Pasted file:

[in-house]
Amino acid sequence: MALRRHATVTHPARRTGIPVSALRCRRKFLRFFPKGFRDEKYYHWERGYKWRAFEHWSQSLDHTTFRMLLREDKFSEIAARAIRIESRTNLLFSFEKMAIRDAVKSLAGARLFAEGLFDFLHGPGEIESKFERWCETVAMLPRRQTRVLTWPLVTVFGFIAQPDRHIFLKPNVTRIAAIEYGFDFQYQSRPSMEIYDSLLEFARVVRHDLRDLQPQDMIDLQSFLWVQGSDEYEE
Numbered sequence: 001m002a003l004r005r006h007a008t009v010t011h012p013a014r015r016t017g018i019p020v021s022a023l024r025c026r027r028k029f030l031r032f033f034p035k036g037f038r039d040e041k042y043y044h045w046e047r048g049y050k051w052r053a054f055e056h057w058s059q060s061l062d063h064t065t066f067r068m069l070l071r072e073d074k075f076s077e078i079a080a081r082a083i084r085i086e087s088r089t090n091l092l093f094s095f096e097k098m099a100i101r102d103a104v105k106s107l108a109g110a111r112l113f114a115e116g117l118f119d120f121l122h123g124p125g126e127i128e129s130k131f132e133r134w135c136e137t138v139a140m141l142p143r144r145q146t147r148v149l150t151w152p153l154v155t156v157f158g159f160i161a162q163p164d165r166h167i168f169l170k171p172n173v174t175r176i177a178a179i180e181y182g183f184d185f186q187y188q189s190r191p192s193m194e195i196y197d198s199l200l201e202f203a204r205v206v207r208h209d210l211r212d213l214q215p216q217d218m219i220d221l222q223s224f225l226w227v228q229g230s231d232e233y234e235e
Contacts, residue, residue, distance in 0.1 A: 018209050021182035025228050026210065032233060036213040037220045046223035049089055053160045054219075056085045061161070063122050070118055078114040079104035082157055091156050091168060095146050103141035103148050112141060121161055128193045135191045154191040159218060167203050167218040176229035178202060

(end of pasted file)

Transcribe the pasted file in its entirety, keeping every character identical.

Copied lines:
[in-house]
Amino acid sequence: MALRRHATVTHPARRTGIPVSALRCRRKFLRFFPKGFRDEKYYHWERGYKWRAFEHWSQSLDHTTFRMLLREDKFSEIAARAIRIESRTNLLFSFEKMAIRDAVKSLAGARLFAEGLFDFLHGPGEIESKFERWCETVAMLPRRQTRVLTWPLVTVFGFIAQPDRHIFLKPNVTRIAAIEYGFDFQYQSRPSMEIYDSLLEFARVVRHDLRDLQPQDMIDLQSFLWVQGSDEYEE
Numbered sequence: 001m002a003l004r005r006h007a008t009v010t011h012p013a014r015r016t017g018i019p020v021s022a023l024r025c026r027r028k029f030l031r032f033f034p035k036g037f038r039d040e041k042y043y044h045w046e047r048g049y050k051w052r053a054f055e056h057w058s059q060s061l062d063h064t065t066f067r068m069l070l071r072e073d074k075f076s077e078i079a080a081r082a083i084r085i086e087s088r089t090n091l092l093f094s095f096e097k098m099a100i101r102d103a104v105k106s107l108a109g110a111r112l113f114a115e116g117l118f119d120f121l122h123g124p125g126e127i128e129s130k131f132e133r134w135c136e137t138v139a140m141l142p143r144r145q146t147r148v149l150t151w152p153l154v155t156v157f158g159f160i161a162q163p164d165r166h167i168f169l170k171p172n173v174t175r176i177a178a179i180e181y182g183f184d185f186q187y188q189s190r191p192s193m194e195i196y197d198s199l200l201e202f203a204r205v206v207r208h209d210l211r212d213l214q215p216q217d218m219i220d221l222q223s224f225l226w227v228q229g230s231d232e233y234e235e
Contacts, residue, residue, distance in 0.1 A: 018209050021182035025228050026210065032233060036213040037220045046223035049089055053160045054219075056085045061161070063122050070118055078114040079104035082157055091156050091168060095146050103141035103148050112141060121161055128193045135191045154191040159218060167203050167218040176229035178202060